While we can imagine ventilators and intensive care units, the dying experience love, presence and even touch from deceased relatives. They remember the memories of being held and valued, of the apotheosis of a life and not of its demise.
They teach us that the best parts of life are never really lost. The teaching seems to be clear: the entirety of our human experience can never be defined or reduced to its last moments.
This may be a small consolation for those left behind – whose grief would have been reduced by their ability to hold the hand of their dying loved one – but it can relieve their pain. Knowing that dying is more than the suffering we see and may not be as isolating as you fear.
Where one form of presence is missing, another emerges and compensates for the isolation of the disease. Where medicine can no longer heal a broken heart, other lesser known processes often intervene.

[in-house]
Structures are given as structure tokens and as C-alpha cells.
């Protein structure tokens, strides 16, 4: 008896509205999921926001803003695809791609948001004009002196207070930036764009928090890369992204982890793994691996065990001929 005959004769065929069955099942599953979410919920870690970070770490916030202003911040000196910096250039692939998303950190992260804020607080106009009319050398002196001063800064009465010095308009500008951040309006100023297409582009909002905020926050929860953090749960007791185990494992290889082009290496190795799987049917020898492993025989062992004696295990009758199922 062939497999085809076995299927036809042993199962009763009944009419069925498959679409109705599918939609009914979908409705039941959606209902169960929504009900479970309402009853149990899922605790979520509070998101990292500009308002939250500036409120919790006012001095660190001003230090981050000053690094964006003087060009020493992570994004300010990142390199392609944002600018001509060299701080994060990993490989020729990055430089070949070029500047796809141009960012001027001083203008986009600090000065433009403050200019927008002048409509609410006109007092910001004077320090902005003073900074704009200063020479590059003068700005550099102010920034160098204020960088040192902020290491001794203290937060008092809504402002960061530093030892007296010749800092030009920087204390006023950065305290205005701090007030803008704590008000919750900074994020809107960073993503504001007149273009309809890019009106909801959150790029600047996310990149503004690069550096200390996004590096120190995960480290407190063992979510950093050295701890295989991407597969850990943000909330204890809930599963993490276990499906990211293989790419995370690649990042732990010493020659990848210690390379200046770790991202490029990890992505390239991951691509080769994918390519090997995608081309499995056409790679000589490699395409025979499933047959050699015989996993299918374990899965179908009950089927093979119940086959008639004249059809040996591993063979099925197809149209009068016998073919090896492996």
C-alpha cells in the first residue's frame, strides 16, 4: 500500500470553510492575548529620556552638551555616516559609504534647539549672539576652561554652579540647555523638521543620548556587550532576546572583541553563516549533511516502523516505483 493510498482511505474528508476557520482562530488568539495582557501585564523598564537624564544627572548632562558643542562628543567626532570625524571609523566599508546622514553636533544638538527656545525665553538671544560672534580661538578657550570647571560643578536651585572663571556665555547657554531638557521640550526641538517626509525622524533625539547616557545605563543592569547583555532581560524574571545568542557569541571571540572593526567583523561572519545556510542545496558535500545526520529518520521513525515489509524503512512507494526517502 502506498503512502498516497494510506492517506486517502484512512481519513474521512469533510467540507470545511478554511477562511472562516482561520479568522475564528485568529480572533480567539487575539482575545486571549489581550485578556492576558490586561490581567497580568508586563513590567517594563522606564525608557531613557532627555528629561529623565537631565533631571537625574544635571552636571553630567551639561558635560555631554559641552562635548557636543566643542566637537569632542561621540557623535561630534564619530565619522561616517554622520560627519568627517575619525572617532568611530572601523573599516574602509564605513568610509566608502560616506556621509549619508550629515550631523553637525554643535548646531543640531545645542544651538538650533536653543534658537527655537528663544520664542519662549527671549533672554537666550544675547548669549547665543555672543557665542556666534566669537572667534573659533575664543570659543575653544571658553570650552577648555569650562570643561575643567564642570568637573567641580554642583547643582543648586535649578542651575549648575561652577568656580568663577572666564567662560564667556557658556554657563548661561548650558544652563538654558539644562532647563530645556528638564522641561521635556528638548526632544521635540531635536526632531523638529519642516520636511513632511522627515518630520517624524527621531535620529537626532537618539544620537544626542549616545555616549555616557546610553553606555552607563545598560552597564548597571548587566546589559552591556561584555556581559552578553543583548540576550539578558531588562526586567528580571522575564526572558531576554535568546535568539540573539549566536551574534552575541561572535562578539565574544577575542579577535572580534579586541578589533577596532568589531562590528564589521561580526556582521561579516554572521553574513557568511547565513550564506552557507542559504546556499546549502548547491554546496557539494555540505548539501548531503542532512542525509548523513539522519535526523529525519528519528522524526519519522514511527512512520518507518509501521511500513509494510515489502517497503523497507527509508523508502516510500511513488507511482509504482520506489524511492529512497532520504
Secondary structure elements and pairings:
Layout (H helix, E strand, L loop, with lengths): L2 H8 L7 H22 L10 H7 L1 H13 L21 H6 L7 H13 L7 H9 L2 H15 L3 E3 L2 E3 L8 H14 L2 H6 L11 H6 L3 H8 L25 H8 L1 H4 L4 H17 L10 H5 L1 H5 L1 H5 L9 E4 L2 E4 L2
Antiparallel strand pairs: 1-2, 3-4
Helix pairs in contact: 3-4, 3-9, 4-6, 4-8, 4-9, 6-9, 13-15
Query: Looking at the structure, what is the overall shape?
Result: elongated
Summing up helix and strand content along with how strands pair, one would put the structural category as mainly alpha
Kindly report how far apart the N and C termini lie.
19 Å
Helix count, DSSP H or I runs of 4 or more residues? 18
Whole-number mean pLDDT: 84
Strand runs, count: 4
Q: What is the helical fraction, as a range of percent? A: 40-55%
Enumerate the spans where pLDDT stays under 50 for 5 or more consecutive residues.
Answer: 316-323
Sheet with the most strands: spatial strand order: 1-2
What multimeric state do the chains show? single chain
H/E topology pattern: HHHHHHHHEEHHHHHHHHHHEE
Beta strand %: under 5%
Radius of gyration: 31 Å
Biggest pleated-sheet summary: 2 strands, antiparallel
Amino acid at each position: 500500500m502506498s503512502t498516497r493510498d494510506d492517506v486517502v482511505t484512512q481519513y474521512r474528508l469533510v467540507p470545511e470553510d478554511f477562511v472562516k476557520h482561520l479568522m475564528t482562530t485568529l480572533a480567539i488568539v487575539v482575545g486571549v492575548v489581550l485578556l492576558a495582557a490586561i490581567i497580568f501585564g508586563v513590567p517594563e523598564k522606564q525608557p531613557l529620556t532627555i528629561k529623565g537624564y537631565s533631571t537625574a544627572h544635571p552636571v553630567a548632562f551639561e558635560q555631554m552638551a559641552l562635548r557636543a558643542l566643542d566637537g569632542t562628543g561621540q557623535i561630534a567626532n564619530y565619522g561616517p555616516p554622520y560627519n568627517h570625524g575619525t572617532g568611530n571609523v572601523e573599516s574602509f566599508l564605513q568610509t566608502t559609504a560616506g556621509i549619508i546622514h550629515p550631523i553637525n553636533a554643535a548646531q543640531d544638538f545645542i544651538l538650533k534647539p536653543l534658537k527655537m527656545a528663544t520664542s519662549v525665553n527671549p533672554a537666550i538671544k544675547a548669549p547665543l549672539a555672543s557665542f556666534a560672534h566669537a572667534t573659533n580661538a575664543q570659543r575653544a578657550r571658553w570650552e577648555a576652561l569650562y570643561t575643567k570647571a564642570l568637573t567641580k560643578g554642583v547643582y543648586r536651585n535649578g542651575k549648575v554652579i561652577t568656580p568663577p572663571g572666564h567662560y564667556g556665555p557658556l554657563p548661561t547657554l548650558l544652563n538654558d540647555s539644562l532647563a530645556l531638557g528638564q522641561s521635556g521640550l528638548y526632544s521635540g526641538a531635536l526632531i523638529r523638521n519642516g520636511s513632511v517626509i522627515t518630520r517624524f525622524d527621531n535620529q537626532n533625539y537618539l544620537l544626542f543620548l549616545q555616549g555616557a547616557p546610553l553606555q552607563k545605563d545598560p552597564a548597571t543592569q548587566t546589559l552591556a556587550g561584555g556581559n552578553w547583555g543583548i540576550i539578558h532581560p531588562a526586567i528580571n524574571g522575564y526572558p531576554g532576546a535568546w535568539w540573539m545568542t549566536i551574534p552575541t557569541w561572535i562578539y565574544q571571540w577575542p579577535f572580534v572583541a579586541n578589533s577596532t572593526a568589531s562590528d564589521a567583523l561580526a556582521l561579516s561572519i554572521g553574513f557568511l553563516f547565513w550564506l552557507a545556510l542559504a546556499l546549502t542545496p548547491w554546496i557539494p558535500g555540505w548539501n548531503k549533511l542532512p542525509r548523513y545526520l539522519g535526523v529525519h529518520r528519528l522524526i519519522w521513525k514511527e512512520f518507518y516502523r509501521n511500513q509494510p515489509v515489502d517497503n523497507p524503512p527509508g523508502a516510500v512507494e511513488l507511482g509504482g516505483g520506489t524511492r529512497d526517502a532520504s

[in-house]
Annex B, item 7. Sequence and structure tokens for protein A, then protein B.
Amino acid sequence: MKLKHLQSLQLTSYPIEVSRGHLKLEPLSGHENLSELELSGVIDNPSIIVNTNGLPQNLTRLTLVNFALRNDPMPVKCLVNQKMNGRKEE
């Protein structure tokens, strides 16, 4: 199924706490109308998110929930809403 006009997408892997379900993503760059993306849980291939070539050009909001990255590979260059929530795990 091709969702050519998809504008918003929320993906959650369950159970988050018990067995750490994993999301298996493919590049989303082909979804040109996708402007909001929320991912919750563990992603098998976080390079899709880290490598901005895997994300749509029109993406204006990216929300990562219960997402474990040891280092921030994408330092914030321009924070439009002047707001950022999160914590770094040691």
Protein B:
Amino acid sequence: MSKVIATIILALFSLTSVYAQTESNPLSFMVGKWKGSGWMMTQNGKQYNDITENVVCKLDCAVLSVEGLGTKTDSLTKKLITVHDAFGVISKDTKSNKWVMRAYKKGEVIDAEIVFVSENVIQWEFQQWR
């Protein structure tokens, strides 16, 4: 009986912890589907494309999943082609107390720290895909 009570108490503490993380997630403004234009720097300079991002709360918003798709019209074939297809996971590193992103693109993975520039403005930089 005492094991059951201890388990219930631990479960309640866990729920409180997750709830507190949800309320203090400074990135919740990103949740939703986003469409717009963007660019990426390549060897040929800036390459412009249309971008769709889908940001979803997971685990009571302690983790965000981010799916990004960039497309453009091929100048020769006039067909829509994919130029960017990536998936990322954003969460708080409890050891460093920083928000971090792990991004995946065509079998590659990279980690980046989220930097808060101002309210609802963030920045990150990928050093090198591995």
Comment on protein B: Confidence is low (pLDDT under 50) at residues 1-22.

Ultimately, the way we experience or imagine the death of a loved one greatly affects our suffering. While there are no words that could dissuade or detach us from the realities of loss, those of us who work on the dying person's bed can testify that patients experience love, meaning, and even grace in their final moments.
The dying often experience a summary of the best moments in their lives and feel more connected than alone. Today we also console ourselves with strangers standing behind the clothes and masks on the bed. They replace family and friends who cannot.
Perhaps we will be reminded again in these dark moments that we are often at our best in times of need. We are connected through our common humanity and never really alone.